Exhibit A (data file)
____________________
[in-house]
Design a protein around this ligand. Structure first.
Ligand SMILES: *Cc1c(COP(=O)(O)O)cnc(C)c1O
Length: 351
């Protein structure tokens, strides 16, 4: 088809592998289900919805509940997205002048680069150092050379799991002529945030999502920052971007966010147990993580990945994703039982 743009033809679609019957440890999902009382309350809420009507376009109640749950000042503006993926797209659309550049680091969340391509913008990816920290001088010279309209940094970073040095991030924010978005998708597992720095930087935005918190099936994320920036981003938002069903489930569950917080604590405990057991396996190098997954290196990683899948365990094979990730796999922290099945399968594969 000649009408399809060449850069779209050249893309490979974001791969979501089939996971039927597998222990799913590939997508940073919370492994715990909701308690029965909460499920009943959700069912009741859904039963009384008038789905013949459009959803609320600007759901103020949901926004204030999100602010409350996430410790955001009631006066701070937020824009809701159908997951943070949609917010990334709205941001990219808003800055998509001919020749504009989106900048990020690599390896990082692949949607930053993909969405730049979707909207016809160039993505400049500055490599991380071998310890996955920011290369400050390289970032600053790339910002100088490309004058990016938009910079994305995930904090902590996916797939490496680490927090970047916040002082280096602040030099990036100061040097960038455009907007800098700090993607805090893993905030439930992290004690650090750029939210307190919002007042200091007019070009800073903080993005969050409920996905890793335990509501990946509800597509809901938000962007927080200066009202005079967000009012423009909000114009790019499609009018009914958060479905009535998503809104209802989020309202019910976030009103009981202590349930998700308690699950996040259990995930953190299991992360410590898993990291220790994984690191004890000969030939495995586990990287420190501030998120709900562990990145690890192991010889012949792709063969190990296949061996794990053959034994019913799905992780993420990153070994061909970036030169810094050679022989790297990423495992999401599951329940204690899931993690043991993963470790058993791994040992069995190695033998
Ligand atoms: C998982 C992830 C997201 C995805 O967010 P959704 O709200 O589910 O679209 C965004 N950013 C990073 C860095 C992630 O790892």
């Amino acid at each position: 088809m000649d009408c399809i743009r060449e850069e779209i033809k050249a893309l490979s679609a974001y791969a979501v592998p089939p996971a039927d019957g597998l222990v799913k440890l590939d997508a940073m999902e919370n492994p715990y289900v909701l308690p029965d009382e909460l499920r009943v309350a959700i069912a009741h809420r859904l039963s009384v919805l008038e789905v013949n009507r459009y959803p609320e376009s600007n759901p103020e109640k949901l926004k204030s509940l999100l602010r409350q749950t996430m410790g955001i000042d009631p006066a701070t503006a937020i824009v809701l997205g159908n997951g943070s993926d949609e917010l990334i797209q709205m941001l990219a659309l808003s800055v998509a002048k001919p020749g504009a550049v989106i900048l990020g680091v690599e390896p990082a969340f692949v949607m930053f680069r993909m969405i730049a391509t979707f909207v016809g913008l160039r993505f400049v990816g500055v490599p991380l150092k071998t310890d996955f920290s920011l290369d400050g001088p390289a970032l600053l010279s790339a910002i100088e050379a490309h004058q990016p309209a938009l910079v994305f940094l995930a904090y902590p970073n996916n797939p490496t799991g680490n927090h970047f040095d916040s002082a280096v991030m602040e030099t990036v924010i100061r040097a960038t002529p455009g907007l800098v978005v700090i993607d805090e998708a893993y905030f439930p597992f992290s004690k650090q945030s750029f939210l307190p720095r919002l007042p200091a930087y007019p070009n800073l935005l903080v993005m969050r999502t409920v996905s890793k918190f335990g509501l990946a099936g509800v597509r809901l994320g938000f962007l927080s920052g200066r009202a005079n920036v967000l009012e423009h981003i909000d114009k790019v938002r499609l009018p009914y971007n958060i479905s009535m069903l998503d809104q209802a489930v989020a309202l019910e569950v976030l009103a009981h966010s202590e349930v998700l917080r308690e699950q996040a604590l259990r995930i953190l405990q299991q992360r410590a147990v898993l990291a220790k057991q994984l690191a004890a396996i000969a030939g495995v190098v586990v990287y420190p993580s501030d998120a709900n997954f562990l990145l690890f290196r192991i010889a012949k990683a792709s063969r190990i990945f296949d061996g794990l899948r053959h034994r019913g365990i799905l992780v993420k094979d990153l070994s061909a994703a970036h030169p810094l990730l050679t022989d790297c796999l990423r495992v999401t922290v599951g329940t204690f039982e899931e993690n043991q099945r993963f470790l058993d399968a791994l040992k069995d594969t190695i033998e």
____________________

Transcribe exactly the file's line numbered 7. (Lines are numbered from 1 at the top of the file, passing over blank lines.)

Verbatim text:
């Amino acid at each position: 088809m000649d009408c399809i743009r060449e850069e779209i033809k050249a893309l490979s679609a974001y791969a979501v592998p089939p996971a039927d019957g597998l222990v799913k440890l590939d997508a940073m999902e919370n492994p715990y289900v909701l308690p029965d009382e909460l499920r009943v309350a959700i069912a009741h809420r859904l039963s009384v919805l008038e789905v013949n009507r459009y959803p609320e376009s600007n759901p103020e109640k949901l926004k204030s509940l999100l602010r409350q749950t996430m410790g955001i000042d009631p006066a701070t503006a937020i824009v809701l997205g159908n997951g943070s993926d949609e917010l990334i797209q709205m941001l990219a659309l808003s800055v998509a002048k001919p020749g504009a550049v989106i900048l990020g680091v690599e390896p990082a969340f692949v949607m930053f680069r993909m969405i730049a391509t979707f909207v016809g913008l160039r993505f400049v990816g500055v490599p991380l150092k071998t310890d996955f920290s920011l290369d400050g001088p390289a970032l600053l010279s790339a910002i100088e050379a490309h004058q990016p309209a938009l910079v994305f940094l995930a904090y902590p970073n996916n797939p490496t799991g680490n927090h970047f040095d916040s002082a280096v991030m602040e030099t990036v924010i100061r040097a960038t002529p455009g907007l800098v978005v700090i993607d805090e998708a893993y905030f439930p597992f992290s004690k650090q945030s750029f939210l307190p720095r919002l007042p200091a930087y007019p070009n800073l935005l903080v993005m969050r999502t409920v996905s890793k918190f335990g509501l990946a099936g509800v597509r809901l994320g938000f962007l927080s920052g200066r009202a005079n920036v967000l009012e423009h981003i909000d114009k790019v938002r499609l009018p009914y971007n958060i479905s009535m069903l998503d809104q209802a489930v989020a309202l019910e569950v976030l009103a009981h966010s202590e349930v998700l917080r308690e699950q996040a604590l259990r995930i953190l405990q299991q992360r410590a147990v898993l990291a220790k057991q994984l690191a004890a396996i000969a030939g495995v190098v586990v990287y420190p993580s501030d998120a709900n997954f562990l990145l690890f290196r192991i010889a012949k990683a792709s063969r190990i990945f296949d061996g794990l899948r053959h034994r019913g365990i799905l992780v993420k094979d990153l070994s061909a994703a970036h030169p810094l990730l050679t022989d790297c796999l990423r495992v999401t922290v599951g329940t204690f039982e899931e993690n043991q099945r993963f470790l058993d399968a791994l040992k069995d594969t190695i033998e």